- Abominable Snowman – the creature does not have a theme of his own and the above is usually assigned to him.
- Merlin – the magician’s theme is rather melancholy, performed by an oboe, underpinned by strings and harp.
- Appollonius of Tyana – the seer’s theme features a sad bassoon as the primary instrument.
- Pan – the half man/half goat’s theme is the most fully-developed but not the best of the bunch; it is often sourced, with Pan playing his pipes (the actor(s) attempt to play them like a normal flute) accompanied by additional non-source instruments.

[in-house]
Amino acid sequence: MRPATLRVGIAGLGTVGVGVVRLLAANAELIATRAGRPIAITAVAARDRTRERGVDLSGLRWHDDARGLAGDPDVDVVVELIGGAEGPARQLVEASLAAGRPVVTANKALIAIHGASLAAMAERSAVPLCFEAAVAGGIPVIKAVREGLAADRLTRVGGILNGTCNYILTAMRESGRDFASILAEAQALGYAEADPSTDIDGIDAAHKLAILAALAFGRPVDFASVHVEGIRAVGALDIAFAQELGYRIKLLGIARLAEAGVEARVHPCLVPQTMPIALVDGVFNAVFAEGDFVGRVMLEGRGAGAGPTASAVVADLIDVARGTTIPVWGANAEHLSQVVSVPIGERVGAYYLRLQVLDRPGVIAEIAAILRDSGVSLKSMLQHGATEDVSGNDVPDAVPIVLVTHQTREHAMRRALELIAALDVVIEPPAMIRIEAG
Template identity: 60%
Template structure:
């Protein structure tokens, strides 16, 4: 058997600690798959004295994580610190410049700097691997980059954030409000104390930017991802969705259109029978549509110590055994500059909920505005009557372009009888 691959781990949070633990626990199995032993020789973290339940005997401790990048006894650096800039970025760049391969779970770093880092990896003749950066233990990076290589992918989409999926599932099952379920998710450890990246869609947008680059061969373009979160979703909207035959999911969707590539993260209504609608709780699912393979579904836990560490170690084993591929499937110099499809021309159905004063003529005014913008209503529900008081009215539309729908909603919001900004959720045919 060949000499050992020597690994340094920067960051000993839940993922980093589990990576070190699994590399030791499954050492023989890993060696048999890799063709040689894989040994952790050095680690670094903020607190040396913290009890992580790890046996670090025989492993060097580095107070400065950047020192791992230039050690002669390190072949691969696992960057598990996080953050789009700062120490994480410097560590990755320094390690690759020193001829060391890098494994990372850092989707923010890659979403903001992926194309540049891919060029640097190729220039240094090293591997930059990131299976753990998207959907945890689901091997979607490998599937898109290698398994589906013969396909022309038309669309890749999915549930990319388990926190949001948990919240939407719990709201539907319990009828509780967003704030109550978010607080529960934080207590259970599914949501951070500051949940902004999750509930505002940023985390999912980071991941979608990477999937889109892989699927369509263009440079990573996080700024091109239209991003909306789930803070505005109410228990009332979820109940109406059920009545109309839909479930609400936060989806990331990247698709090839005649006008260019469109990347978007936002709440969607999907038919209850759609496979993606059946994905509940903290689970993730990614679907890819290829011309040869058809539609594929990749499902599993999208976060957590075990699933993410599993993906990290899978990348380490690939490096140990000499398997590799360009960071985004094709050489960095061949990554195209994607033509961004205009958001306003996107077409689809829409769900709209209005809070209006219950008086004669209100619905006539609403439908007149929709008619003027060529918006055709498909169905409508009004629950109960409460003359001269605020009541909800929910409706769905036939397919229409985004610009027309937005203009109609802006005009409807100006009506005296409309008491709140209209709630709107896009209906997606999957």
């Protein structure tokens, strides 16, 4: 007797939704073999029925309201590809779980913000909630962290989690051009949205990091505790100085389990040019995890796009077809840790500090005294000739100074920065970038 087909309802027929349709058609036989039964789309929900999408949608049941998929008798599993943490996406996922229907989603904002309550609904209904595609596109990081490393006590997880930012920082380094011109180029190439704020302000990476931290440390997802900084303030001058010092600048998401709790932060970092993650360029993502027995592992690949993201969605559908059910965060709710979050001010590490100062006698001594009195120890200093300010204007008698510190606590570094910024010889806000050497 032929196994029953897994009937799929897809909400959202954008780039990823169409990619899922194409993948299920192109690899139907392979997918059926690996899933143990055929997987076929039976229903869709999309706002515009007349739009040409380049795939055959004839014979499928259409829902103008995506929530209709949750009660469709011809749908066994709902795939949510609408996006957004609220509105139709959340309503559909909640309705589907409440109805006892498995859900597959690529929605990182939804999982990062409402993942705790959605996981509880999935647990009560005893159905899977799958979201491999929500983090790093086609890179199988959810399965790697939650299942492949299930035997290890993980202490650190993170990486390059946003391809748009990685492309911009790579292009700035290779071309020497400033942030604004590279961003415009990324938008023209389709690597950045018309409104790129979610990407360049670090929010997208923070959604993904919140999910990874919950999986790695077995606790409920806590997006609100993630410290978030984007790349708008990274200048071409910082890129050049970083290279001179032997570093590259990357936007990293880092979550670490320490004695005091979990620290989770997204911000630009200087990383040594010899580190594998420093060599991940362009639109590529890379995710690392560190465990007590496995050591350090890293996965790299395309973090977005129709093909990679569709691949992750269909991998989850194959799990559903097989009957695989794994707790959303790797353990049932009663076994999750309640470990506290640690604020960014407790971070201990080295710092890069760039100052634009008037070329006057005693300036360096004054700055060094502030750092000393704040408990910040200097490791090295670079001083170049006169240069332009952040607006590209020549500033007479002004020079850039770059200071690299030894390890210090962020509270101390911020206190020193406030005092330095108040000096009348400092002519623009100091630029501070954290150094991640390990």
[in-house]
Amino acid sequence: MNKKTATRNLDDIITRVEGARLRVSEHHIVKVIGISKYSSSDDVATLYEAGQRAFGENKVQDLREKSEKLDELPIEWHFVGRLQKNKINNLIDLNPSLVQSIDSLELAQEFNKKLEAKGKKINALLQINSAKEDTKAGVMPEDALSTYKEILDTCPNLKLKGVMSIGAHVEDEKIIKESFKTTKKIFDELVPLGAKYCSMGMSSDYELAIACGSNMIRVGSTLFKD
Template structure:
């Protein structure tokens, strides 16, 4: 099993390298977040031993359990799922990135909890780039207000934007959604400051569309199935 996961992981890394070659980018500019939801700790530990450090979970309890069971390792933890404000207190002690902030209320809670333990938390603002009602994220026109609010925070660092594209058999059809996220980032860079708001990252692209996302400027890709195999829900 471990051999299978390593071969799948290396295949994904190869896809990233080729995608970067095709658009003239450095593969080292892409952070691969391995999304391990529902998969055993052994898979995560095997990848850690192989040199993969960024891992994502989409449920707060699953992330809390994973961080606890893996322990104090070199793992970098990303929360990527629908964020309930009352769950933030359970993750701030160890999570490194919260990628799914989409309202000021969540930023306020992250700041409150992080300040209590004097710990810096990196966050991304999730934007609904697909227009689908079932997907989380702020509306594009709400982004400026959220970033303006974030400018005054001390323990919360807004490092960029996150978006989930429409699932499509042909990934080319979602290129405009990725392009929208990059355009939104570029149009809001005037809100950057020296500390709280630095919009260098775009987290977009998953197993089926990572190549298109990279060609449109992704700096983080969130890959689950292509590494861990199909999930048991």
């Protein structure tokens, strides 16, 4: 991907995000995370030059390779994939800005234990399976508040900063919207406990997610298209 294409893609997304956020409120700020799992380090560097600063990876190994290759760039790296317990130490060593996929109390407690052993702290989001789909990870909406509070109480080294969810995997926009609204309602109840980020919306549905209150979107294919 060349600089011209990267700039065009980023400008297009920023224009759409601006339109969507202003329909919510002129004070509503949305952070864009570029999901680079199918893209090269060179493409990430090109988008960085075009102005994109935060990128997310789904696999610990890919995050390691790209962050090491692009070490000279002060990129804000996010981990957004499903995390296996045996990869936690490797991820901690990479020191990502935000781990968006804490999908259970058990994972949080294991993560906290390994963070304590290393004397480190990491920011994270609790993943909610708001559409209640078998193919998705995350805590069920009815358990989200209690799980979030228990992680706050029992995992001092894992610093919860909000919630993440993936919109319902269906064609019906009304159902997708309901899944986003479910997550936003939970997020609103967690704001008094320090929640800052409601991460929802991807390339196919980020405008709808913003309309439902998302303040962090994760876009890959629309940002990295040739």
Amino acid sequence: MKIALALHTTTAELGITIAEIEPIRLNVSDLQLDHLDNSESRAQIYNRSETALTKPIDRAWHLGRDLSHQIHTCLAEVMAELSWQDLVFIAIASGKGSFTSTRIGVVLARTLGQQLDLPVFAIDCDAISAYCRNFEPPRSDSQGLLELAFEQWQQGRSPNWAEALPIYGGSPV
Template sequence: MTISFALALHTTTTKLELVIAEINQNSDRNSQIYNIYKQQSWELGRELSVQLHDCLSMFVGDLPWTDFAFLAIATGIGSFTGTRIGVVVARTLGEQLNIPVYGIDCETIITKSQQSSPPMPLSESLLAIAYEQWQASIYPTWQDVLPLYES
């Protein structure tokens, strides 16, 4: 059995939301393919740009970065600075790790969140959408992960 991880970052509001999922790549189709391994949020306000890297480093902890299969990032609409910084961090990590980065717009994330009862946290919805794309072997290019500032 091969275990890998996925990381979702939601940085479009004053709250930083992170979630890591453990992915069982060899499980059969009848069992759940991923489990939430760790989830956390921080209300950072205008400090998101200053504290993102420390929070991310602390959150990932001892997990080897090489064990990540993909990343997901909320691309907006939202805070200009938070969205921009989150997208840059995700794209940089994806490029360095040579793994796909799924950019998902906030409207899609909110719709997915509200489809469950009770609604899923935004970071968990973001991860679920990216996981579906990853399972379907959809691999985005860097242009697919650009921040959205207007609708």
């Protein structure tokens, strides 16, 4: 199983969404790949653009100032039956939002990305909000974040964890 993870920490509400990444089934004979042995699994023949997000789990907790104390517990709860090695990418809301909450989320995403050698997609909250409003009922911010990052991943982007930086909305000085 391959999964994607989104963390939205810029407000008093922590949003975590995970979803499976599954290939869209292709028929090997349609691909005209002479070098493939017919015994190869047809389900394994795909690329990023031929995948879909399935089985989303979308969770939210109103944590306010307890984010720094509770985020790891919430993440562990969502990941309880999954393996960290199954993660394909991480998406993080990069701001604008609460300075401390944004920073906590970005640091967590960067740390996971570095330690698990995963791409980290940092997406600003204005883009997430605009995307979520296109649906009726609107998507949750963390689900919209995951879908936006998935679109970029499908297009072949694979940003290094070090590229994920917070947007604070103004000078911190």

- Giant Serpent – the stop-motion and classic puppetry snake does not have a theme.
- Medusa – the serpent-haired gorgon’s theme features a baroque-sounding recorder and harp accompaniment.
- Loch Ness Monster – although in the confines of a goldfish bowl through the film, when it makes its stop-motion appearance at the end, it has a nominal accompaniment of bagpipes, with Lao’s music underneath.
We will now look at a number of scenes, not to tell the whole storyline and not strictly in linear fashion, placing an emphasis on the music and its effectiveness in the film. Space prevents a more detailed analysis of the production, which does deserve it.